Think getting a kid to sit still for a blood draw or even just a clipping of their fingernails is a chore? Try doing it with a 3,000-pound, 18-foot-tall giraffe.
Thus, the concept behind the Safe Nurturing Upright Gateway for Giraffes, or SNUGG, a new project at the Denver Zoo.
SNUGG is a customized corral that securely holds the tall mammals so that zookeepers and veterinarians can perform tests and necessary upkeep.
It's a better giraffe trap, so to speak — and officials are asking the public for help by crowdfunding the project, which is a first for the zoo.
SNUGG is a large, padded, weatherproof chute into which zookeepers can lure giraffes and secure them safely for medical care and other health procedures.
Currently, zookeepers use food and positive reinforcement to pen a giraffe into an indoor, gated "restraint chute." In this position, zookeepers can do hands-on work such as cleaning the animals' hooves, and veterinarians can do routine health checks from ground level.
"We would be able to do full physical exams, collect blood, assess his eyes, his ears, his neck, work on all sides of him. And if we needed to do a more involved procedure we would be able to access all of him," said zoo veterinarian Betsy Stringer.
There are a handful of companies that design various contraptions to provide care for large animals. Most designs are one-size-fits-animal and involve gating the animal in a pen or a narrow enclosure. SNUGG, however, can be modified for giraffes of any size.
SNUGG was conceptualized in-house by design engineer Brian Williams. The planning process involved extensive research of best practices from other zoos, such as Colorado Springs' Cheyenne Mountain Zoo, which has a herd of 18 giraffes, and input from a core team of zookeepers and veterinarians to create a wish list of features.
Once it's time to build, all will be done in-house.
"We have in-house ability for design and for some very advanced manufacturing processes, so we can bring that all together and do something unique for us," Williams said. "It was designed by the zoo and the zoo's team, and will be fabricated and put in place by the zoo, not tapping into any external resources other than the research."
SNUGG's basic concept could be modified for other large animals and could potentially turn into a future revenue source for the zoo, Williams said.
"In the way that some of the SNUGG's doors move and lock and do what they're going to do, there's some (intellectual property) in that," he said. "So if other zoos came and visited and saw it and really liked what it did, and if it fit their needs, we do have the ability to do that for another zoo if that's something they want to explore."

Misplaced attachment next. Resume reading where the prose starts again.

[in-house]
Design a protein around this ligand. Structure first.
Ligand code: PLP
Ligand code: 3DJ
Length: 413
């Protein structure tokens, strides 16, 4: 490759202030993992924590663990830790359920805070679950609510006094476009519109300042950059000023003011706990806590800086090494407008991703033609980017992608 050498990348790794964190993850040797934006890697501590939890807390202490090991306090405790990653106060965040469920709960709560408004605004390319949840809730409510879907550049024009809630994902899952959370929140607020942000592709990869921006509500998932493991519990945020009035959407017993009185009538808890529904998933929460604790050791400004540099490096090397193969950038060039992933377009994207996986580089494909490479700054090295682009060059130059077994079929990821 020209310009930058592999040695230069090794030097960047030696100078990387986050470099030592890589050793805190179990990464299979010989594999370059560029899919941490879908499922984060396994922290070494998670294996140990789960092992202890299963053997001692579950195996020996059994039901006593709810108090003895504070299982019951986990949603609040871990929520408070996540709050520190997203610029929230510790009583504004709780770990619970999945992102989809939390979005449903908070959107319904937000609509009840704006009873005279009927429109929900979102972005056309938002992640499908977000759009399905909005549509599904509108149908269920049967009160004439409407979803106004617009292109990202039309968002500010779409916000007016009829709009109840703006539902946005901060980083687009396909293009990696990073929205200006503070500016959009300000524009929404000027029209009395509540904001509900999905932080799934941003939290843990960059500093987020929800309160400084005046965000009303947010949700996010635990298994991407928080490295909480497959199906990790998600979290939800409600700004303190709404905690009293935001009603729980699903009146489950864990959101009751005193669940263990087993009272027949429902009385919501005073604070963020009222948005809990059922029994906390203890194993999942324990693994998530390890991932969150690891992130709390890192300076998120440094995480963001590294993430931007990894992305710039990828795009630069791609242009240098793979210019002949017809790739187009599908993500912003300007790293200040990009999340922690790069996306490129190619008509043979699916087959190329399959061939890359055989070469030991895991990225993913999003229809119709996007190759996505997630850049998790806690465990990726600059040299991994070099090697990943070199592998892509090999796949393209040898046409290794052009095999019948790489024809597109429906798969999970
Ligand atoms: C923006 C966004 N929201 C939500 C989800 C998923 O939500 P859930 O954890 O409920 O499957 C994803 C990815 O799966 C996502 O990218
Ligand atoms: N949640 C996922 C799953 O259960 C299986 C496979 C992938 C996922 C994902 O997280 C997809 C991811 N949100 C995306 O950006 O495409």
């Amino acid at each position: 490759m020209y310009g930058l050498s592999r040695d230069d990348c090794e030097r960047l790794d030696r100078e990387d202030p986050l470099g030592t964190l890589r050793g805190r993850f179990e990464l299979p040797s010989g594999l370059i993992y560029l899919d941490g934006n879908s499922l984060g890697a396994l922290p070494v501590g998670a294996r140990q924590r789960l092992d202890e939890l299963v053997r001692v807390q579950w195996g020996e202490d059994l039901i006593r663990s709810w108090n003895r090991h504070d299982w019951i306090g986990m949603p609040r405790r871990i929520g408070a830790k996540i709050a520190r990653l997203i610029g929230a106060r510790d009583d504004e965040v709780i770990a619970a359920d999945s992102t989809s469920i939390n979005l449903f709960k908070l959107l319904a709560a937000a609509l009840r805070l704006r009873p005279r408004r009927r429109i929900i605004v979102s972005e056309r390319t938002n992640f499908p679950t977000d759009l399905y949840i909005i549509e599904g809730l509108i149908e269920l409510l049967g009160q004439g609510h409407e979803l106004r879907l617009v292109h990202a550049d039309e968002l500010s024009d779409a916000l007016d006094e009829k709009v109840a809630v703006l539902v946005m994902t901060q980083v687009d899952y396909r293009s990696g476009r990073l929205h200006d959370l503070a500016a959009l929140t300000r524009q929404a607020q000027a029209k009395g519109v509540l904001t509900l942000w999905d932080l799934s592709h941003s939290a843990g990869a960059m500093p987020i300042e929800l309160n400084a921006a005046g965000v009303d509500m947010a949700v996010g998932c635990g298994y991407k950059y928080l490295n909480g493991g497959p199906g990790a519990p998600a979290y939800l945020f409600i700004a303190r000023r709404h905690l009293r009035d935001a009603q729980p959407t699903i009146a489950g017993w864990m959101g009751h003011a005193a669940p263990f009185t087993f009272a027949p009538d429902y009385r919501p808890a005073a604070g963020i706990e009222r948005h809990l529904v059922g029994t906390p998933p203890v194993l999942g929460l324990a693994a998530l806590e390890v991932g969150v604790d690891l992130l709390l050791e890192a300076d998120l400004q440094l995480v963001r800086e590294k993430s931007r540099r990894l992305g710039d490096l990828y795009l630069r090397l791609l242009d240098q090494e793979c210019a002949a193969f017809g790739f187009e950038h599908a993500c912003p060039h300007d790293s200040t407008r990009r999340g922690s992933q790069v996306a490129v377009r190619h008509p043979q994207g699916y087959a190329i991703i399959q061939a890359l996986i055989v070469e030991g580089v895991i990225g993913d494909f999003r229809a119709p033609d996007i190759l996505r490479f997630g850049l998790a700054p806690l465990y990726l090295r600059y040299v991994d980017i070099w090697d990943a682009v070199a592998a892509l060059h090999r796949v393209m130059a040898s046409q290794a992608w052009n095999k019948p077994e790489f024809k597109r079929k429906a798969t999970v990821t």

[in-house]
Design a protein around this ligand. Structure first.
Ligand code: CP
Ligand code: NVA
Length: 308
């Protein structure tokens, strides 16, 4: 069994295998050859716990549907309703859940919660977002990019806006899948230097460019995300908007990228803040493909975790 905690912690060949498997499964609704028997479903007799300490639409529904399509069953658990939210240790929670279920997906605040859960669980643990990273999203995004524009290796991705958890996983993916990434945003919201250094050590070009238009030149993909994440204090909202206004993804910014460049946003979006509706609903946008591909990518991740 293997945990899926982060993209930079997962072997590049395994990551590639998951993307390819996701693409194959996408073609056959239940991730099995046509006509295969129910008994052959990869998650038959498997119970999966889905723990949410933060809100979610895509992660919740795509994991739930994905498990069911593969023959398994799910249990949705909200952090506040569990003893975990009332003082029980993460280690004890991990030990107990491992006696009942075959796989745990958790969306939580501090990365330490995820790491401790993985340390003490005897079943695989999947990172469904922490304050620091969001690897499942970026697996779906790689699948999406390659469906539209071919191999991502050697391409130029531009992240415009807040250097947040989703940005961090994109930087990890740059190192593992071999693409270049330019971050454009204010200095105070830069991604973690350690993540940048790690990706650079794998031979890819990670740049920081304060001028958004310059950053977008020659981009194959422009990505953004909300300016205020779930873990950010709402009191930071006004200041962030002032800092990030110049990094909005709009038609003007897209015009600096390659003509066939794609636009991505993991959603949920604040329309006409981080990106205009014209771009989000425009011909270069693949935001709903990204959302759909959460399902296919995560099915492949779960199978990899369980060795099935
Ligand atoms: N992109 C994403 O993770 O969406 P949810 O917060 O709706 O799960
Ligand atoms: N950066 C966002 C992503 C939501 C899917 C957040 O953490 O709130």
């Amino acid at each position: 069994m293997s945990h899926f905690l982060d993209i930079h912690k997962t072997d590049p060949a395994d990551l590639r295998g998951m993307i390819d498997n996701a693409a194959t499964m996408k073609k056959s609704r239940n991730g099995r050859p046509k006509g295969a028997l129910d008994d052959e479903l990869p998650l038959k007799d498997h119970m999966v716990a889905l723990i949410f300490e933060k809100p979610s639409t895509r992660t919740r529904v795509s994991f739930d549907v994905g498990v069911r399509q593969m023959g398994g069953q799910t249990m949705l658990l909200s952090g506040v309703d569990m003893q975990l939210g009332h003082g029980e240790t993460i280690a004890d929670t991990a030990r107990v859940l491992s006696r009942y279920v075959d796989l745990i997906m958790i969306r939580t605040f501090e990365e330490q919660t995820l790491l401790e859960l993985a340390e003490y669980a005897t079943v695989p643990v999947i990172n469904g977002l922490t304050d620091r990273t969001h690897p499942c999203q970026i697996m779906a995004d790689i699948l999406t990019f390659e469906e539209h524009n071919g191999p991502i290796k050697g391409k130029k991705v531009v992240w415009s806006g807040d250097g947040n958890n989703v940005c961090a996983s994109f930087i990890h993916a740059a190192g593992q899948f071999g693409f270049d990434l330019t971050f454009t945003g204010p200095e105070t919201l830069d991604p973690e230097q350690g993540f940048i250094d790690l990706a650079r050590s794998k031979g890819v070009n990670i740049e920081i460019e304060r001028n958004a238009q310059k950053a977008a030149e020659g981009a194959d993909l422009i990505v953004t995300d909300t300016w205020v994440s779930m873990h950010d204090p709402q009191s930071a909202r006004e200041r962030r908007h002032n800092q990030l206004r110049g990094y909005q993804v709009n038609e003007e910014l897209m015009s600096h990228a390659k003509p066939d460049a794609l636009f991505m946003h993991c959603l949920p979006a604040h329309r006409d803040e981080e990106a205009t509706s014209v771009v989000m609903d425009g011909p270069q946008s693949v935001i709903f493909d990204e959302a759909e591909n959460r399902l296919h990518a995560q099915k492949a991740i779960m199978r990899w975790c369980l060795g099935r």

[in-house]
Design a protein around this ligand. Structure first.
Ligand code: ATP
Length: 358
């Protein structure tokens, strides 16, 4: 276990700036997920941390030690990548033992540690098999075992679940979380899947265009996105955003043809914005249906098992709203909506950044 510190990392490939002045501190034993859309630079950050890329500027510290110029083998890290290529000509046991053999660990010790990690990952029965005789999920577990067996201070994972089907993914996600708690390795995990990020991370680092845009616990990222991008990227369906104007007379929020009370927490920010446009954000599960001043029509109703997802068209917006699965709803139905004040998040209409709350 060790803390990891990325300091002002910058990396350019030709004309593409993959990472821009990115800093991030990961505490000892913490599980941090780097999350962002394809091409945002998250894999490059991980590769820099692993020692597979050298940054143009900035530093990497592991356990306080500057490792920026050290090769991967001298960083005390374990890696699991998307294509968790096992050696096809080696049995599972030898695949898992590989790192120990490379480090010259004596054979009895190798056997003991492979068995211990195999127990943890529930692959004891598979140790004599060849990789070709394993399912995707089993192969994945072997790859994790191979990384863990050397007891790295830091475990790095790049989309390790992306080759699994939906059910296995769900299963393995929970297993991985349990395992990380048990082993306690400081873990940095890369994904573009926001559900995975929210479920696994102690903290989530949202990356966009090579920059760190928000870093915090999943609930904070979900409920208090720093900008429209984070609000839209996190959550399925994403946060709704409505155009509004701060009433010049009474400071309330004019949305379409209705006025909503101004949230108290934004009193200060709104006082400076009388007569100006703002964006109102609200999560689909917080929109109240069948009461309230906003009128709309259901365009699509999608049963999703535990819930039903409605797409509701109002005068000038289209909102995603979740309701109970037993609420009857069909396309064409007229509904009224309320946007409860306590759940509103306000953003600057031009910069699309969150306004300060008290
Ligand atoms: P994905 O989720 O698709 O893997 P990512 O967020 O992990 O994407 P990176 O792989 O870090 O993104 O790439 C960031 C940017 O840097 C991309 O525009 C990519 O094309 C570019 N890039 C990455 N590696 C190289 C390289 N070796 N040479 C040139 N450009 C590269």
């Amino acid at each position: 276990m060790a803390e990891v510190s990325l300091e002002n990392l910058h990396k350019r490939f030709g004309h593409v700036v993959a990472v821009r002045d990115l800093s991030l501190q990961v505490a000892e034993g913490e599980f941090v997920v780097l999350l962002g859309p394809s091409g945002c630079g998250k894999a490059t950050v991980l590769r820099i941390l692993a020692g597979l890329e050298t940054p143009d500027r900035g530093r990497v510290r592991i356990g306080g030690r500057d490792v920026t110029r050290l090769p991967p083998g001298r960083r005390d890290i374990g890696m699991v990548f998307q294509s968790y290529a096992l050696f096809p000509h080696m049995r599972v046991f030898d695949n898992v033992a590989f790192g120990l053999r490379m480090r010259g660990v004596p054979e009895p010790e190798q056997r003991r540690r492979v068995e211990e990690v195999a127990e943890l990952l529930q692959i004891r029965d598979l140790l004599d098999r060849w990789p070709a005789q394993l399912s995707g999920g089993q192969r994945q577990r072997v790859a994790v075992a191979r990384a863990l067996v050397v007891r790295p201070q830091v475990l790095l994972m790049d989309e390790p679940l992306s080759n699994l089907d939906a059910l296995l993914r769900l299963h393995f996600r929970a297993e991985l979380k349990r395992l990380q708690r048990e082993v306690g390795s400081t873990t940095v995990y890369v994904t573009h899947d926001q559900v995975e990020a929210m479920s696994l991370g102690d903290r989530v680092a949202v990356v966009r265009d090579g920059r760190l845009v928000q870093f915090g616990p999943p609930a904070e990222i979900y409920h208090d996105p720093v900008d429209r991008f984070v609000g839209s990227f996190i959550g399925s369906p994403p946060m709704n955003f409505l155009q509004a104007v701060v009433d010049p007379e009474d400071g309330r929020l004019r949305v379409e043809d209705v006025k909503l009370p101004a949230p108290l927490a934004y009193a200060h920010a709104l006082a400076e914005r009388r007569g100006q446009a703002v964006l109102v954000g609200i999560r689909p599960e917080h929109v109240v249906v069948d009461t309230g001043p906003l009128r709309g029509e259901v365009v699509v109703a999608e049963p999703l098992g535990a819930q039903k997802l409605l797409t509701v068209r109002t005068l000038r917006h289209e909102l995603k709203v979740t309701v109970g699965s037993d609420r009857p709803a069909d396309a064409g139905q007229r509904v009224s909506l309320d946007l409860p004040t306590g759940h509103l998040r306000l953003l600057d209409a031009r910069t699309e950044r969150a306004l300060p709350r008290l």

As far as nonprofits go, the Denver Zoo has a healthy bottom line, with total annual income of $34.4 million, according to its 2013 report.
Past fundraising efforts at the zoo have focused on individual animals or larger exhibit needs.
SNUGG marks the first time the zoo has appealed to the public for a specific piece of equipment that brings the behind-the-scenes animal care aspect into the public eye.
Hanna Yaritz, major gifts planning coordinator, said it was a great project to test the crowdfunding waters.
"We didn't have one individual donor that was strongly passionate enough. We've had lots of significant gifts come in already for this project, but to ask someone for $60,000 for a specific device is a lot," she said. "This is definitely a test to track the progress and see what works and what doesn't."
David Bratvold of industry publication Daily Crowdsource, said that although crowdfunding has made a splash in recent years for gadgets and art projects, larger companies are just getting on board.
He praises it as a solid business move, but not for the reasons that may first come to mind.
"Most look at it like a great way to raise money, but behind it is also market-demand testing," Bratvold said. "Do you want it enough to pay for it? Very quickly you can find out if your whole plan is relevant."
In other words, if the zoo's campaign doesn't raise any money, it's an indicator that the people of Denver don't really find value in giraffe care.
Harsh, but true.
But if they do buy in? People take ownership in that item and will then purchase zoo tickets to see it, which is a winning situation for the zoo, Bratvold said.
The zoo has raised almost $34,000 of the $60,000 price tag.
The timeline for SNUGG's installation is about two months from beginning of construction, depending on weather. The goal is to have it in place by early next year.
Posted from : http://www.denverpost.com/business/ci_26728983/denver-zoos-initial-crowdfunding-would-prove-beneficial-giraffes